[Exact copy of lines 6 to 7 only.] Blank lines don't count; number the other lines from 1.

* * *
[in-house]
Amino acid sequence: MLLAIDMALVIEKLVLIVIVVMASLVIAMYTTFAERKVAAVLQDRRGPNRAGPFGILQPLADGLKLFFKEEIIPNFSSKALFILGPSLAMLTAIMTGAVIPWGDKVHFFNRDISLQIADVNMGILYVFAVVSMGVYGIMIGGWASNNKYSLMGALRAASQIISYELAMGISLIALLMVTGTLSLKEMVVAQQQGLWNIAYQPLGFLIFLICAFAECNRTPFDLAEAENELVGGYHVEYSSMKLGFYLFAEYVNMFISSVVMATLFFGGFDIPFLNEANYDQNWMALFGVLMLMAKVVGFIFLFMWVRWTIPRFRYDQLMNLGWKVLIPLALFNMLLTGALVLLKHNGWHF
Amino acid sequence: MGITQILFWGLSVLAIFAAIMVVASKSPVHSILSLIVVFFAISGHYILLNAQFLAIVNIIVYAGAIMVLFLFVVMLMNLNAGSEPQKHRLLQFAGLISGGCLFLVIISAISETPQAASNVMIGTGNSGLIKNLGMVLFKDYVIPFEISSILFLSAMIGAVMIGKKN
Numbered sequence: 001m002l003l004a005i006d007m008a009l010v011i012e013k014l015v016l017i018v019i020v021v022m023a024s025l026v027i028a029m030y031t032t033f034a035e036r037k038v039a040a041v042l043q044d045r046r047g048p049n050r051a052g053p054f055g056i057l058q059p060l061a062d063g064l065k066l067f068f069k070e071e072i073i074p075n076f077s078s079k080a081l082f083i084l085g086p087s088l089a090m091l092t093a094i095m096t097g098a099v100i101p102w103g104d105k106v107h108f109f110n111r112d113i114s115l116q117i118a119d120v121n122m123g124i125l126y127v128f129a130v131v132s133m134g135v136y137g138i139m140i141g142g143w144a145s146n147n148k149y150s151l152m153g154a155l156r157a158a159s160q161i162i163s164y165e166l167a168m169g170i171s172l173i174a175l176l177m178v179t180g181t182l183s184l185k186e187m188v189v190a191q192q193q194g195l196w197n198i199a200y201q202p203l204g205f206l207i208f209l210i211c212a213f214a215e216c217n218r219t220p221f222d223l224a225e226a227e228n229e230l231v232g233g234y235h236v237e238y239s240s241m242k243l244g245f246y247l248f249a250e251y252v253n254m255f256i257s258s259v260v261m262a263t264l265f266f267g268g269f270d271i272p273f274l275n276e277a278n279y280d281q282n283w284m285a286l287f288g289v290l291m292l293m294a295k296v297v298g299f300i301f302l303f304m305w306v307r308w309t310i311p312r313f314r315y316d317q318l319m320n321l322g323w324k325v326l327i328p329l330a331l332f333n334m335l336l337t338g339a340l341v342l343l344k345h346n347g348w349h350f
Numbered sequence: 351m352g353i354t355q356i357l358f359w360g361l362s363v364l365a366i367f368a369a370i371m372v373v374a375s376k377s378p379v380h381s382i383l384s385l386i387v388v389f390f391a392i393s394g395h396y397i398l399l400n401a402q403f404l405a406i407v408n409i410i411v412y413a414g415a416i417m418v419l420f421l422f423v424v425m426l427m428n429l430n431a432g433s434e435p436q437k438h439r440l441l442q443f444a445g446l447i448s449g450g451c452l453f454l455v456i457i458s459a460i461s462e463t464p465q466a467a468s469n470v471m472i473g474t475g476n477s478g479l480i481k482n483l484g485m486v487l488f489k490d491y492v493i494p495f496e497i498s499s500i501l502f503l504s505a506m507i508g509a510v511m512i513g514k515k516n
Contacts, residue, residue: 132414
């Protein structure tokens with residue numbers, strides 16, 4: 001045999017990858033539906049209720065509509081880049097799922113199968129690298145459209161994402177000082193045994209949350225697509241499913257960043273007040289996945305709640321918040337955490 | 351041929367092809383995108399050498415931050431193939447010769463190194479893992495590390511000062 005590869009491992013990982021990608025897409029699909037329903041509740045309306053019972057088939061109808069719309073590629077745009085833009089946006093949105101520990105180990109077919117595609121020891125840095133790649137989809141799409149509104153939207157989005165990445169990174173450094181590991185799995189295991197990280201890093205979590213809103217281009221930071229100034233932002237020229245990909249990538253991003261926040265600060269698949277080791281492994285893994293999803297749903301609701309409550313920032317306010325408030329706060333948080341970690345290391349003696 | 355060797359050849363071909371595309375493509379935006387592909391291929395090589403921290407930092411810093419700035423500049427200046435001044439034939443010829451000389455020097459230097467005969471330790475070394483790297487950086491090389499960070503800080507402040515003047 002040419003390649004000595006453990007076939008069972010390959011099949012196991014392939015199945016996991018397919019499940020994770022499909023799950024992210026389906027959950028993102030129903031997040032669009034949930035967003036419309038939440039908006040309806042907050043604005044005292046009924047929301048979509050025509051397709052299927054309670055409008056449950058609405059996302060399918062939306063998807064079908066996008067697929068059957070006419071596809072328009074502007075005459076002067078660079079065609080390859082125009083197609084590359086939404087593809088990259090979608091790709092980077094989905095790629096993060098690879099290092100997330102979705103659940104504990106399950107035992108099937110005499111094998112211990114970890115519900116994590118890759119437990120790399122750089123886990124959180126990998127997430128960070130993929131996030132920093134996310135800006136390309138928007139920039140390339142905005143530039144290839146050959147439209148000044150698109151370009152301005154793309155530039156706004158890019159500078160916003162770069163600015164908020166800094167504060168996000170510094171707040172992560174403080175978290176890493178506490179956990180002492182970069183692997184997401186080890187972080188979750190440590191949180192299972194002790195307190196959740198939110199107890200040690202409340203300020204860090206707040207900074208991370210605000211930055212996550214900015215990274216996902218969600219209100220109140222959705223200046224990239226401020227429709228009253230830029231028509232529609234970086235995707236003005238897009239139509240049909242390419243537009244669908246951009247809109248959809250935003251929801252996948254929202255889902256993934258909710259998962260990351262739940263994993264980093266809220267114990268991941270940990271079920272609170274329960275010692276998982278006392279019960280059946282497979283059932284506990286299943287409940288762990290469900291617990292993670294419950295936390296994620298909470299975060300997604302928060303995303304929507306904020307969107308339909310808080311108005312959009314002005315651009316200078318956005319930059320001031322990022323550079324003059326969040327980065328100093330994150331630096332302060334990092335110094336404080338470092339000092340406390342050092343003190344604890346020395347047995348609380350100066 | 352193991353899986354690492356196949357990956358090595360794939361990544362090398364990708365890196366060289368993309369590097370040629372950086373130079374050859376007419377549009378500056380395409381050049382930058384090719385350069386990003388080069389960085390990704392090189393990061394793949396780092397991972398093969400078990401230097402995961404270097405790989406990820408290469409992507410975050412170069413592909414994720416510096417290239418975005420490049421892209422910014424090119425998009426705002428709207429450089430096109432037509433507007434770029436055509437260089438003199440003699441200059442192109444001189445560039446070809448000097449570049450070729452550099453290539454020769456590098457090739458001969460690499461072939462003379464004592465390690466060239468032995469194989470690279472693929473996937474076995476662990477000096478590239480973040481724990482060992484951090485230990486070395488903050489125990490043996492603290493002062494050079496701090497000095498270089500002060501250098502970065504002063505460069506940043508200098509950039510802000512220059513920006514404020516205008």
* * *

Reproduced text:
Contacts, residue, residue: 132414
């Protein structure tokens with residue numbers, strides 16, 4: 001045999017990858033539906049209720065509509081880049097799922113199968129690298145459209161994402177000082193045994209949350225697509241499913257960043273007040289996945305709640321918040337955490 | 351041929367092809383995108399050498415931050431193939447010769463190194479893992495590390511000062 005590869009491992013990982021990608025897409029699909037329903041509740045309306053019972057088939061109808069719309073590629077745009085833009089946006093949105101520990105180990109077919117595609121020891125840095133790649137989809141799409149509104153939207157989005165990445169990174173450094181590991185799995189295991197990280201890093205979590213809103217281009221930071229100034233932002237020229245990909249990538253991003261926040265600060269698949277080791281492994285893994293999803297749903301609701309409550313920032317306010325408030329706060333948080341970690345290391349003696 | 355060797359050849363071909371595309375493509379935006387592909391291929395090589403921290407930092411810093419700035423500049427200046435001044439034939443010829451000389455020097459230097467005969471330790475070394483790297487950086491090389499960070503800080507402040515003047 002040419003390649004000595006453990007076939008069972010390959011099949012196991014392939015199945016996991018397919019499940020994770022499909023799950024992210026389906027959950028993102030129903031997040032669009034949930035967003036419309038939440039908006040309806042907050043604005044005292046009924047929301048979509050025509051397709052299927054309670055409008056449950058609405059996302060399918062939306063998807064079908066996008067697929068059957070006419071596809072328009074502007075005459076002067078660079079065609080390859082125009083197609084590359086939404087593809088990259090979608091790709092980077094989905095790629096993060098690879099290092100997330102979705103659940104504990106399950107035992108099937110005499111094998112211990114970890115519900116994590118890759119437990120790399122750089123886990124959180126990998127997430128960070130993929131996030132920093134996310135800006136390309138928007139920039140390339142905005143530039144290839146050959147439209148000044150698109151370009152301005154793309155530039156706004158890019159500078160916003162770069163600015164908020166800094167504060168996000170510094171707040172992560174403080175978290176890493178506490179956990180002492182970069183692997184997401186080890187972080188979750190440590191949180192299972194002790195307190196959740198939110199107890200040690202409340203300020204860090206707040207900074208991370210605000211930055212996550214900015215990274216996902218969600219209100220109140222959705223200046224990239226401020227429709228009253230830029231028509232529609234970086235995707236003005238897009239139509240049909242390419243537009244669908246951009247809109248959809250935003251929801252996948254929202255889902256993934258909710259998962260990351262739940263994993264980093266809220267114990268991941270940990271079920272609170274329960275010692276998982278006392279019960280059946282497979283059932284506990286299943287409940288762990290469900291617990292993670294419950295936390296994620298909470299975060300997604302928060303995303304929507306904020307969107308339909310808080311108005312959009314002005315651009316200078318956005319930059320001031322990022323550079324003059326969040327980065328100093330994150331630096332302060334990092335110094336404080338470092339000092340406390342050092343003190344604890346020395347047995348609380350100066 | 352193991353899986354690492356196949357990956358090595360794939361990544362090398364990708365890196366060289368993309369590097370040629372950086373130079374050859376007419377549009378500056380395409381050049382930058384090719385350069386990003388080069389960085390990704392090189393990061394793949396780092397991972398093969400078990401230097402995961404270097405790989406990820408290469409992507410975050412170069413592909414994720416510096417290239418975005420490049421892209422910014424090119425998009426705002428709207429450089430096109432037509433507007434770029436055509437260089438003199440003699441200059442192109444001189445560039446070809448000097449570049450070729452550099453290539454020769456590098457090739458001969460690499461072939462003379464004592465390690466060239468032995469194989470690279472693929473996937474076995476662990477000096478590239480973040481724990482060992484951090485230990486070395488903050489125990490043996492603290493002062494050079496701090497000095498270089500002060501250098502970065504002063505460069506940043508200098509950039510802000512220059513920006514404020516205008």